The language`1 or more,’ . . . indicates that a person commits one violation of the statute by possessing more than one matter containing a visual depiction of child pornography. Thus, unlike the word `any,’ which `has “typically been found ambiguous in connection with the allowable unit of prosecution,” for it contemplates the plural, rather than specifying the singular,’ . . . the phrase `1 or more’ specifies the plural. Thus, the plain language of the statute provides that a person who possesses `1 or more’ matters containing a prohibited image has violated the statute only once.

U.S. v. Polouizzi, supra. The Polouizzi court’s distinction between the use of “1 or more” and “any” at least arguably reconciles its decision and the Louisiana Supreme Court’s decision in Fussell. It cannot, however, reconcile the different holdings in Ogle and Fussell, at least not in terms of the plain language used in the respective statutes at issue in those cases.

I tend to agree with the Ogle court that the “harm” criminalized by possession of child pornography statutes is the possession of the material, not the victimization of the child. We have other statutes that can be used to prosecute people who victimize children in order to manufacture child pornography.

If we accept the premise that the gravamen of the crime is “possession,” then treating a single act of possessing some quantum of child pornography makes sense given how we approach possession in other contexts. Assume, for example, that a state statute makes it a crime to possess any of a list of controlled substances; assume, further, that one of those controlled substances comes in pill form. Now assume that police search John Doe’s home and fine 500 pills of a substance the possession of which is outlawed by the statute.

Would it make sense to charge Doe with 500 counts of possessing that substance . . . based on the fact that he possessed 500 different pills, each of which contained that substance? Or does it make more sense to charge him with a single act of possessing that drug?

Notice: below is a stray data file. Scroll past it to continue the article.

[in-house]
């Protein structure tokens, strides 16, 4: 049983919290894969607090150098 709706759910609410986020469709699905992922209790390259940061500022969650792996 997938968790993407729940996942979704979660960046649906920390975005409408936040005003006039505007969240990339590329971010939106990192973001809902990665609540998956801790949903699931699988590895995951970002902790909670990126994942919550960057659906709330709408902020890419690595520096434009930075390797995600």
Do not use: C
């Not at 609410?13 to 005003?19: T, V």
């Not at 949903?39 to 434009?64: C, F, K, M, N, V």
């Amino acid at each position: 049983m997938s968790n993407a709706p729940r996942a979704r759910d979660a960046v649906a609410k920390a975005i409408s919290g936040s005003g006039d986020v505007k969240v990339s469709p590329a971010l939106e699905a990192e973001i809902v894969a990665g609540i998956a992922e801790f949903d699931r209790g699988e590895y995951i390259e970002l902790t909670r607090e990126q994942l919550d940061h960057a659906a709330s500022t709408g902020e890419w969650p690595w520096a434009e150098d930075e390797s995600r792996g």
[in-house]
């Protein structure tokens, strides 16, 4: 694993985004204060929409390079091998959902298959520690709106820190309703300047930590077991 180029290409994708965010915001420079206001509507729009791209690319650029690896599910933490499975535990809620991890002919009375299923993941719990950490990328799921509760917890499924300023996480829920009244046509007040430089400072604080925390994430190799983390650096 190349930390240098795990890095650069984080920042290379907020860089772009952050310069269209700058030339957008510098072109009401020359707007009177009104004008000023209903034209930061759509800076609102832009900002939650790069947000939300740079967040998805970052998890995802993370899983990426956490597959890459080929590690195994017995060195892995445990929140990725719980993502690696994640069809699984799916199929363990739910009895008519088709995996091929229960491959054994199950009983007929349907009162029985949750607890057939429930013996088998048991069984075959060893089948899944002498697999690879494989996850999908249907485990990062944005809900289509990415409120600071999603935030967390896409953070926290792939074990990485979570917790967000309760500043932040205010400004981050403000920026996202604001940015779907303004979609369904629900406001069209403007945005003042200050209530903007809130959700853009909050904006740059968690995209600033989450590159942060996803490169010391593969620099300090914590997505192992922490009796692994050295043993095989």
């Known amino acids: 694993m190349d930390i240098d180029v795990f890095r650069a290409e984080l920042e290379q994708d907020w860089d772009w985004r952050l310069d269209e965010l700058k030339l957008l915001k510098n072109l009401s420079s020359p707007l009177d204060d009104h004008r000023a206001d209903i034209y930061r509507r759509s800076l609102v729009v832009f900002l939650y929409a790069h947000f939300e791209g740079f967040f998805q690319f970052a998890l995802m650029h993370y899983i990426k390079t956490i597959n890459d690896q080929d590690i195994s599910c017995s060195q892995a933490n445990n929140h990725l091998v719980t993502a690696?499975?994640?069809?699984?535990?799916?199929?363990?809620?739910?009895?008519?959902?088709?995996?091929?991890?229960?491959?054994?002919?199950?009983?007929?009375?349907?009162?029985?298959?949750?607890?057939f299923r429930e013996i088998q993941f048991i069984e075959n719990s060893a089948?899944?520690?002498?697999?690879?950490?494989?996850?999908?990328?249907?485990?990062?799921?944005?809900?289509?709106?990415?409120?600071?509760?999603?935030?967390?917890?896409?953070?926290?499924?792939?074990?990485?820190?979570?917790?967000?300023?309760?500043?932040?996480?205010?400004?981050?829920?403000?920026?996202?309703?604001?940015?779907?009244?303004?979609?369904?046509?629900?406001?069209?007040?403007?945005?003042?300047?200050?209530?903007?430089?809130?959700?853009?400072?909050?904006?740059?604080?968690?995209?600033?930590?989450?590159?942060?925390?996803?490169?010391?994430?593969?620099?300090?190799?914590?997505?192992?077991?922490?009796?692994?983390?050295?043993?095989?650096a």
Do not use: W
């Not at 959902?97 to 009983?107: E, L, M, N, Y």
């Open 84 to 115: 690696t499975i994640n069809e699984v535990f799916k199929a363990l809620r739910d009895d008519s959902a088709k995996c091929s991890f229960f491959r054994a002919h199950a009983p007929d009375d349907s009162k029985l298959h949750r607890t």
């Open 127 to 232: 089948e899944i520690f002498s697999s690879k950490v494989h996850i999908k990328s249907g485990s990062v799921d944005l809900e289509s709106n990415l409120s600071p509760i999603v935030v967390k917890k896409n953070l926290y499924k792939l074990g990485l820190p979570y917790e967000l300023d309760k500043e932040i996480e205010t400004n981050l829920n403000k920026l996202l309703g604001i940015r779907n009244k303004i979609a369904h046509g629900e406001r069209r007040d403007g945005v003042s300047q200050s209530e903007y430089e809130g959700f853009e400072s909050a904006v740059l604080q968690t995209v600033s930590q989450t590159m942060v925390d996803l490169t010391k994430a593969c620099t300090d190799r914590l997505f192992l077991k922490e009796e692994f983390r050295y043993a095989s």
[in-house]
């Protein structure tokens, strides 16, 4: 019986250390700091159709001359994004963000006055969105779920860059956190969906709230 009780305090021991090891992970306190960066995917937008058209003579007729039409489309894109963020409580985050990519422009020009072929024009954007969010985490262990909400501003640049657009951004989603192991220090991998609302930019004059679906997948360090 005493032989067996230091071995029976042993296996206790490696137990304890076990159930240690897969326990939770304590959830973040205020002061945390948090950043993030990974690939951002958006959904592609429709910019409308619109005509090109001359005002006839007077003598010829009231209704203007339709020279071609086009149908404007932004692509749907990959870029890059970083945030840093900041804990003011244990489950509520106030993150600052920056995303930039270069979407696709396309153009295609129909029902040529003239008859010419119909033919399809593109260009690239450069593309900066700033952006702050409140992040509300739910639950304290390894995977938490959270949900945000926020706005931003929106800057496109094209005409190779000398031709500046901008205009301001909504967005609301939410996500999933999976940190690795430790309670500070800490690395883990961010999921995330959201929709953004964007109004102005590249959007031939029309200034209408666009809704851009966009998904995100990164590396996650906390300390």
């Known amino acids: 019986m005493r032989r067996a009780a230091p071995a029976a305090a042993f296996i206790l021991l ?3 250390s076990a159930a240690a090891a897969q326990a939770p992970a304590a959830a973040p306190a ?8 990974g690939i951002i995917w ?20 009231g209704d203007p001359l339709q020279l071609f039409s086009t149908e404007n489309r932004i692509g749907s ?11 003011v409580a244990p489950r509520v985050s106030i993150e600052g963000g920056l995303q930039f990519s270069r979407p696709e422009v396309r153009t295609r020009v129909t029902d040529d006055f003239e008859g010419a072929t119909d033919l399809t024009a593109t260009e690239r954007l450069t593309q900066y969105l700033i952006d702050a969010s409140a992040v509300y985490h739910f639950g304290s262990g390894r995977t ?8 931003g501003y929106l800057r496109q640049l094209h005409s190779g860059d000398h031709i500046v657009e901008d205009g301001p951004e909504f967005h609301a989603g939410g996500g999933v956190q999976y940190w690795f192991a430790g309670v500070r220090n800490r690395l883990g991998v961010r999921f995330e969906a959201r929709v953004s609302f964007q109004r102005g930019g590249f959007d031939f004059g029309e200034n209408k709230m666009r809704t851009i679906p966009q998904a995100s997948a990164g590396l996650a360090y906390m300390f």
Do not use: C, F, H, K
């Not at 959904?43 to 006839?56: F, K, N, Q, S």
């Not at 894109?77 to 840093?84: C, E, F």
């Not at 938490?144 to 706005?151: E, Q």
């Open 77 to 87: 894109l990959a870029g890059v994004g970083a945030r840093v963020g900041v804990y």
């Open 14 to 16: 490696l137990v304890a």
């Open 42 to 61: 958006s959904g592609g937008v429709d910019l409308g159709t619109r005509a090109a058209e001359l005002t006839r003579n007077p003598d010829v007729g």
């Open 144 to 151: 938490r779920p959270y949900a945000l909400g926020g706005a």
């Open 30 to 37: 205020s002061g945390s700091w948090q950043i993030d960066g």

I think, and I think U.S. law has pretty much taken this approach, that it makes more sense to charge Doe with a single count of possession . . . and then factor the quantity of the item he possessed into the calculation of his sentence. If we go with that theory, then it seems logical to apply the same approach to possession of child pornography.

1 comment:

Bracton said...

Not to be a stickler, but Blockburger doesn't set out the test for multiplicity; Blockburger is only a test for determining if two statutes reach the same conduct. Multiplicity, as you explain in the post, involves multiple charges under the same statute, not two different statutes. The test for multiplicity is whether the legislature intended the facts underlying each count to make up a separate unit of prosecution. See Sanabria v. United States, 437 U.S. 54, 69-71 & n.24 (1978); Bell v. United States, 349 U.S. 81, 81, 83-84 (1955); see also Ladner v. United States, 358 U.S. 169, 173 (1958) (propriety of charging multiple counts of assault rests on the legislative intent in enacting the statute).

I agree with you about the diverse results on the question among the federal and state courts. And trying to come up with a sensible explanation for the various results is made even more difficult because of the different terms used in the particular statutes.